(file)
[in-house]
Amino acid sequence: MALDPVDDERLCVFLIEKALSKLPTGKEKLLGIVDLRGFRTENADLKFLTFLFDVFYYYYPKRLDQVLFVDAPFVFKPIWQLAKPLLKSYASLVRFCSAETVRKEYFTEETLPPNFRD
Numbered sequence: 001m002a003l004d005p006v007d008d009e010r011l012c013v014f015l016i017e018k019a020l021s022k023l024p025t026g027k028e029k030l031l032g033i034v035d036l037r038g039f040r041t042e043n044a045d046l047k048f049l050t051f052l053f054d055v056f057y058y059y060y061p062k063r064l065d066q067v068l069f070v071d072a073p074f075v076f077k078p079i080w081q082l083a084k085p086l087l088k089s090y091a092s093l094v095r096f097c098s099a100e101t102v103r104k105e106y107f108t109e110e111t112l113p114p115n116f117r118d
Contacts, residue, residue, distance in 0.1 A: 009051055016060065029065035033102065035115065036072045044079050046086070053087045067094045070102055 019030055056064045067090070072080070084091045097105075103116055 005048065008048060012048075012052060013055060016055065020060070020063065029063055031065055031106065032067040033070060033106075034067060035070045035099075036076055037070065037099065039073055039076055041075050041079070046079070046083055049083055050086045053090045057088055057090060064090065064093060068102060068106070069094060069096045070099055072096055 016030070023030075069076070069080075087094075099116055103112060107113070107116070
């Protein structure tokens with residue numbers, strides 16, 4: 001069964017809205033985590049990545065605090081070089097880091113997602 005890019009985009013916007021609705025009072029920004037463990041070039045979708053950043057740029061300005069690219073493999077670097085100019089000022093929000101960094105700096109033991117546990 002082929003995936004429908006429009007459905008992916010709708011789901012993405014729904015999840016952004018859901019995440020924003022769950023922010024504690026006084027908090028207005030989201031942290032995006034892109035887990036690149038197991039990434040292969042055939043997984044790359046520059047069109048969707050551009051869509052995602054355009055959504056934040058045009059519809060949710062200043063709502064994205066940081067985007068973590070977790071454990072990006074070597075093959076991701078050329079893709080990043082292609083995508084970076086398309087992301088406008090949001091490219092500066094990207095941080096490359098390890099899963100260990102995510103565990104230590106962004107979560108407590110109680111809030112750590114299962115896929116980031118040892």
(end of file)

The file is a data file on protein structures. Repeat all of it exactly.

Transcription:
[in-house]
Amino acid sequence: MALDPVDDERLCVFLIEKALSKLPTGKEKLLGIVDLRGFRTENADLKFLTFLFDVFYYYYPKRLDQVLFVDAPFVFKPIWQLAKPLLKSYASLVRFCSAETVRKEYFTEETLPPNFRD
Numbered sequence: 001m002a003l004d005p006v007d008d009e010r011l012c013v014f015l016i017e018k019a020l021s022k023l024p025t026g027k028e029k030l031l032g033i034v035d036l037r038g039f040r041t042e043n044a045d046l047k048f049l050t051f052l053f054d055v056f057y058y059y060y061p062k063r064l065d066q067v068l069f070v071d072a073p074f075v076f077k078p079i080w081q082l083a084k085p086l087l088k089s090y091a092s093l094v095r096f097c098s099a100e101t102v103r104k105e106y107f108t109e110e111t112l113p114p115n116f117r118d
Contacts, residue, residue, distance in 0.1 A: 009051055016060065029065035033102065035115065036072045044079050046086070053087045067094045070102055 019030055056064045067090070072080070084091045097105075103116055 005048065008048060012048075012052060013055060016055065020060070020063065029063055031065055031106065032067040033070060033106075034067060035070045035099075036076055037070065037099065039073055039076055041075050041079070046079070046083055049083055050086045053090045057088055057090060064090065064093060068102060068106070069094060069096045070099055072096055 016030070023030075069076070069080075087094075099116055103112060107113070107116070
């Protein structure tokens with residue numbers, strides 16, 4: 001069964017809205033985590049990545065605090081070089097880091113997602 005890019009985009013916007021609705025009072029920004037463990041070039045979708053950043057740029061300005069690219073493999077670097085100019089000022093929000101960094105700096109033991117546990 002082929003995936004429908006429009007459905008992916010709708011789901012993405014729904015999840016952004018859901019995440020924003022769950023922010024504690026006084027908090028207005030989201031942290032995006034892109035887990036690149038197991039990434040292969042055939043997984044790359046520059047069109048969707050551009051869509052995602054355009055959504056934040058045009059519809060949710062200043063709502064994205066940081067985007068973590070977790071454990072990006074070597075093959076991701078050329079893709080990043082292609083995508084970076086398309087992301088406008090949001091490219092500066094990207095941080096490359098390890099899963100260990102995510103565990104230590106962004107979560108407590110109680111809030112750590114299962115896929116980031118040892």